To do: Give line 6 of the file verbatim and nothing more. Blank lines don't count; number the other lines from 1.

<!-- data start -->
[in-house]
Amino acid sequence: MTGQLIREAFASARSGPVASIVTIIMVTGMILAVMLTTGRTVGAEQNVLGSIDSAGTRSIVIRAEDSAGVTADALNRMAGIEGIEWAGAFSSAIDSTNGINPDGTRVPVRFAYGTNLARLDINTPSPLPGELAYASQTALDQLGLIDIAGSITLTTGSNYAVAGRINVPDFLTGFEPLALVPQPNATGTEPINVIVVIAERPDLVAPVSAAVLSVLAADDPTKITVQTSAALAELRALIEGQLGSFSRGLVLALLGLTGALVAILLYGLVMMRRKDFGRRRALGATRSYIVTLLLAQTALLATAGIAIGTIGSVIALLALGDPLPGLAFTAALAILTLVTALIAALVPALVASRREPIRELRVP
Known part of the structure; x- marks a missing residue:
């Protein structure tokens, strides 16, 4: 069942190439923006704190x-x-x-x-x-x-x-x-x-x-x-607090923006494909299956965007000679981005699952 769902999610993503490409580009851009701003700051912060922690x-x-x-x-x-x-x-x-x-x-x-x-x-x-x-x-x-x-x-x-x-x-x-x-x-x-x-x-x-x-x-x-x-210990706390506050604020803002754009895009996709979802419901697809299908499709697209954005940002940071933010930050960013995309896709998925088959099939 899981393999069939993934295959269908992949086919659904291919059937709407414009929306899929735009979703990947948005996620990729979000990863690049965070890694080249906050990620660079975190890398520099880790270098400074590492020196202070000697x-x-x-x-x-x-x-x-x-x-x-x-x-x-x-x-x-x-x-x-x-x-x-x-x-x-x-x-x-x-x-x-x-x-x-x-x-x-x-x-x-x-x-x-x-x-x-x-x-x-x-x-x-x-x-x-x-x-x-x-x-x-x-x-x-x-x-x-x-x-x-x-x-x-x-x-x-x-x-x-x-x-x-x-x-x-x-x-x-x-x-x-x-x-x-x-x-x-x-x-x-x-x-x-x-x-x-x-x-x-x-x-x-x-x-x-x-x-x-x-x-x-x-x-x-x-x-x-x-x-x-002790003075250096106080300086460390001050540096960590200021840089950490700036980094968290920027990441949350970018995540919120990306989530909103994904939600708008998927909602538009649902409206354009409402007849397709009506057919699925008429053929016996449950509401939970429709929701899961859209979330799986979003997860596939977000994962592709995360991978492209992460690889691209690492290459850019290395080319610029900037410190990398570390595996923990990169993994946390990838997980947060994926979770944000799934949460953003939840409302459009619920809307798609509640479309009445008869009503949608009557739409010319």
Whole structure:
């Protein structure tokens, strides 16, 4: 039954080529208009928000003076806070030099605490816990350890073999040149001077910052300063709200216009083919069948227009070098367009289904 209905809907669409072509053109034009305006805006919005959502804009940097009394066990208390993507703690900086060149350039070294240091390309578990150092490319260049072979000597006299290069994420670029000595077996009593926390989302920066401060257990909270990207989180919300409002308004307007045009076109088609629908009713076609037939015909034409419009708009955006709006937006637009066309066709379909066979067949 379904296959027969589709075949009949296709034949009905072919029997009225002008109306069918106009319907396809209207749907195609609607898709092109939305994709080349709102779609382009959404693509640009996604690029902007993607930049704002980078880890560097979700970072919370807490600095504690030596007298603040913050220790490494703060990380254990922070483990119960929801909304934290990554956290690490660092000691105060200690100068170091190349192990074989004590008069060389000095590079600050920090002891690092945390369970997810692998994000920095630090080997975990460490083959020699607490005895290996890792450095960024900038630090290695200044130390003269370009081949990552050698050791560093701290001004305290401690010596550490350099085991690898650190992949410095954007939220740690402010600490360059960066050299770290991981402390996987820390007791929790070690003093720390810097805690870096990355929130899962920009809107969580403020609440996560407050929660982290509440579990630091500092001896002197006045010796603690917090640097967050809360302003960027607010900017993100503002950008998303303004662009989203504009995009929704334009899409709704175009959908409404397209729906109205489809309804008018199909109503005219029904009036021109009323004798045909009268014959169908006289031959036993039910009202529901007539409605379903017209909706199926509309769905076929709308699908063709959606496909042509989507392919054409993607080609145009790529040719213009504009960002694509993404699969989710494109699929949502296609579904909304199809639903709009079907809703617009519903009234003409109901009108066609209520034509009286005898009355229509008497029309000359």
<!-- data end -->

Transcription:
């Protein structure tokens, strides 16, 4: 039954080529208009928000003076806070030099605490816990350890073999040149001077910052300063709200216009083919069948227009070098367009289904 209905809907669409072509053109034009305006805006919005959502804009940097009394066990208390993507703690900086060149350039070294240091390309578990150092490319260049072979000597006299290069994420670029000595077996009593926390989302920066401060257990909270990207989180919300409002308004307007045009076109088609629908009713076609037939015909034409419009708009955006709006937006637009066309066709379909066979067949 379904296959027969589709075949009949296709034949009905072919029997009225002008109306069918106009319907396809209207749907195609609607898709092109939305994709080349709102779609382009959404693509640009996604690029902007993607930049704002980078880890560097979700970072919370807490600095504690030596007298603040913050220790490494703060990380254990922070483990119960929801909304934290990554956290690490660092000691105060200690100068170091190349192990074989004590008069060389000095590079600050920090002891690092945390369970997810692998994000920095630090080997975990460490083959020699607490005895290996890792450095960024900038630090290695200044130390003269370009081949990552050698050791560093701290001004305290401690010596550490350099085991690898650190992949410095954007939220740690402010600490360059960066050299770290991981402390996987820390007791929790070690003093720390810097805690870096990355929130899962920009809107969580403020609440996560407050929660982290509440579990630091500092001896002197006045010796603690917090640097967050809360302003960027607010900017993100503002950008998303303004662009989203504009995009929704334009899409709704175009959908409404397209729906109205489809309804008018199909109503005219029904009036021109009323004798045909009268014959169908006289031959036993039910009202529901007539409605379903017209909706199926509309769905076929709308699908063709959606496909042509989507392919054409993607080609145009790529040719213009504009960002694509993404699969989710494109699929949502296609579904909304199809639903709009079907809703617009519903009234003409109901009108066609209520034509009286005898009355229509008497029309000359």